Trends

Societal and economic trends

On the one hand, prospects for the car parking market are favourable. The population is still growing and urbanisation continues. In the countries where we are active, the number of cars is still increasing. Research shows that these cars are parked somewhere for an average of 23 hours a day. This creates opportunities for Q-Park's continued growth.

At the same time, the recession is making its presence felt. Consumer confidence is still low but new favourable forecasts for economic growth have a stimulating influence. Unemployment is high and that has an adverse effect on the population's purchasing power and willingness to buy. Decreasing business activity also results in vacant office buildings. The number of parking season tickets at existing offices is decreasing; at new office developments, full occupation is less often a matter of course.

Even though the economy is showing some signs of recovery, a slight rise in unemployment is expected in 2014. The highest unemployment levels are reported in Ireland (12½%, but declining) and France (11%, stable). Germany (5%) and Norway (3½%) report the lowest unemployment.

Until half way through 2013, retail turnover declined slightly (by about 1%), but by the end of the year was more or less back at the level of 2012, Eurostat reports. The Netherlands and Belgium still remain substantially behind the European average (-4%). Great Britain, France and Sweden are doing better than the average (+2%). As a result, in many countries the number of people visiting shopping centres is declining. Yet, people keep coming, albeit with a different purpose. Now that the volume of internet sales continues to increase, the distinction between doing essential shopping quickly and fun shopping in combination with online shopping is becoming clearer. In the future, there will be a combination of offline and online shopping, resulting in an overall understanding of what shops have to offer (retailers also offer customised online orders).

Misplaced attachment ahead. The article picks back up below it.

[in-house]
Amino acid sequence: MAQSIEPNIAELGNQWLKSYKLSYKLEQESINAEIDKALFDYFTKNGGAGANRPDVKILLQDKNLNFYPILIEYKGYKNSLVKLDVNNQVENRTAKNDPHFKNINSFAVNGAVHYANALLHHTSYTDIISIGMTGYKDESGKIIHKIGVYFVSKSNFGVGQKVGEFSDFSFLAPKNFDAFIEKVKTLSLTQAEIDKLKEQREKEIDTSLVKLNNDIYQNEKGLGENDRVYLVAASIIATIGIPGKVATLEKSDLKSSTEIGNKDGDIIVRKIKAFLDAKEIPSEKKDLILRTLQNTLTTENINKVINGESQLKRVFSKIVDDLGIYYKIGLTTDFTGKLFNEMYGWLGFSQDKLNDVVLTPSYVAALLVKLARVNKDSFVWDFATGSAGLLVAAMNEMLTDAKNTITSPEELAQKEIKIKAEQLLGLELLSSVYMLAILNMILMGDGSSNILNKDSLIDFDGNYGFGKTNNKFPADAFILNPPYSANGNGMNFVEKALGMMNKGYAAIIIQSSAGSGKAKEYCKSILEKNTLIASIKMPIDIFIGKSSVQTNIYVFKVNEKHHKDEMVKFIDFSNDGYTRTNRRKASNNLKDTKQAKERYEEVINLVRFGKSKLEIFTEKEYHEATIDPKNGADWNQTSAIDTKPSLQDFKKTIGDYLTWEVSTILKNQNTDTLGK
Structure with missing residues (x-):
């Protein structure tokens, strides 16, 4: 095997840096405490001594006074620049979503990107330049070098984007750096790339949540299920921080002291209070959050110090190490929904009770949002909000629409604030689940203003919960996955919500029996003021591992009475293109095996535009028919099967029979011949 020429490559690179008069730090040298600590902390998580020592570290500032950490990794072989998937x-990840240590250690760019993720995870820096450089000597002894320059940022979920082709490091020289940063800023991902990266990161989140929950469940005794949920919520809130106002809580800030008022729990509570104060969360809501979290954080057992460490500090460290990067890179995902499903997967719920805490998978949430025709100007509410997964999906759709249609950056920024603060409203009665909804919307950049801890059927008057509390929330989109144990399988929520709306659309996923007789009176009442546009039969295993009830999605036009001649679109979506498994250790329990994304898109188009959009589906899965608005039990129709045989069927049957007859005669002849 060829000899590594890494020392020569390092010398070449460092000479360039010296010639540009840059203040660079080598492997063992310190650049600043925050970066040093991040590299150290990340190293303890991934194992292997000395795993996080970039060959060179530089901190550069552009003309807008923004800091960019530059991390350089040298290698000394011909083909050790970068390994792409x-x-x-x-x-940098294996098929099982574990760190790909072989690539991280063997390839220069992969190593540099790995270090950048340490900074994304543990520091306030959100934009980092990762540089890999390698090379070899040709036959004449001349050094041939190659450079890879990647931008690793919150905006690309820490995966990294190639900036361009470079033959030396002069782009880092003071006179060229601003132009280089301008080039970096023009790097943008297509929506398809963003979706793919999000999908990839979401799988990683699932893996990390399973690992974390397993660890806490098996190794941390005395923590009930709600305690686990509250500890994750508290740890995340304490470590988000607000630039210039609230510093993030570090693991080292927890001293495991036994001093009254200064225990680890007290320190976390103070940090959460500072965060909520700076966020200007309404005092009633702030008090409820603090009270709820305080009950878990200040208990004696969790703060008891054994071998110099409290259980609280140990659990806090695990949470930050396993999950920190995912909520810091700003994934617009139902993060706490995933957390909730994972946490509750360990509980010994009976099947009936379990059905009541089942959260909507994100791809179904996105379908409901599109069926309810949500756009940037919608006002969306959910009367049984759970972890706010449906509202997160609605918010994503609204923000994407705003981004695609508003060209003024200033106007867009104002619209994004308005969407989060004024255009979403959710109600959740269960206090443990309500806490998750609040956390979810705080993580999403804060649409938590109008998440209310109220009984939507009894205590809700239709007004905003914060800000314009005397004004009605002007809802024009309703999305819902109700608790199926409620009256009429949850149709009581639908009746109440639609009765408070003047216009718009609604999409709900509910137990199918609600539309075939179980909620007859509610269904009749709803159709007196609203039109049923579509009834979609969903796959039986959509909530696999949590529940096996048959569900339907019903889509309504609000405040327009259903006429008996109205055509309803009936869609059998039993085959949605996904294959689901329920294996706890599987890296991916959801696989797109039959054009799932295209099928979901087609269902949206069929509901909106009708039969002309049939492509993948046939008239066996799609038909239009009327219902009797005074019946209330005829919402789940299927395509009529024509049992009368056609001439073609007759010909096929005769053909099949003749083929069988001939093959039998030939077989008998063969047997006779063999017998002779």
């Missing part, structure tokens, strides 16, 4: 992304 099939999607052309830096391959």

Multifunctional cities with a pleasant environment and a wide range of amenities, shops and culture will continue to attract the general public in large numbers. The difference with cities that do not have this offering is becoming greater.

Demographic developments have considerable consequences for society. Consistently low fertility rates, combined with longevity and the fact that the baby boomers are reaching retirement age, mean the population is ageing. The number of people of working age is declining, while the number of elderly people is increasing. The social and economic changes associated with the ageing population have far-reaching implications, both at national and regional levels. This concerns a wide range of policy areas, with consequences for healthcare, labour market participation, social security and public finances.

“Today parking is about so much more than storing cars. It’s central to the creation of livable, walkable communities. It’s about cars, bikes, mass transit, mobility and connecting people to places.”

Shawn Conrad, CAE Executive Director International Parking Institute

Developments in the car parking market

Emerging trends in parking, 2013, IPI

Trends in the car parking market

New technology makes it easier to find a parking space and pay for parking, and to manage this process better. Technology has already changed the parking industry substantially. These developments will continue in the coming years.

Sustainable solutions for the built environment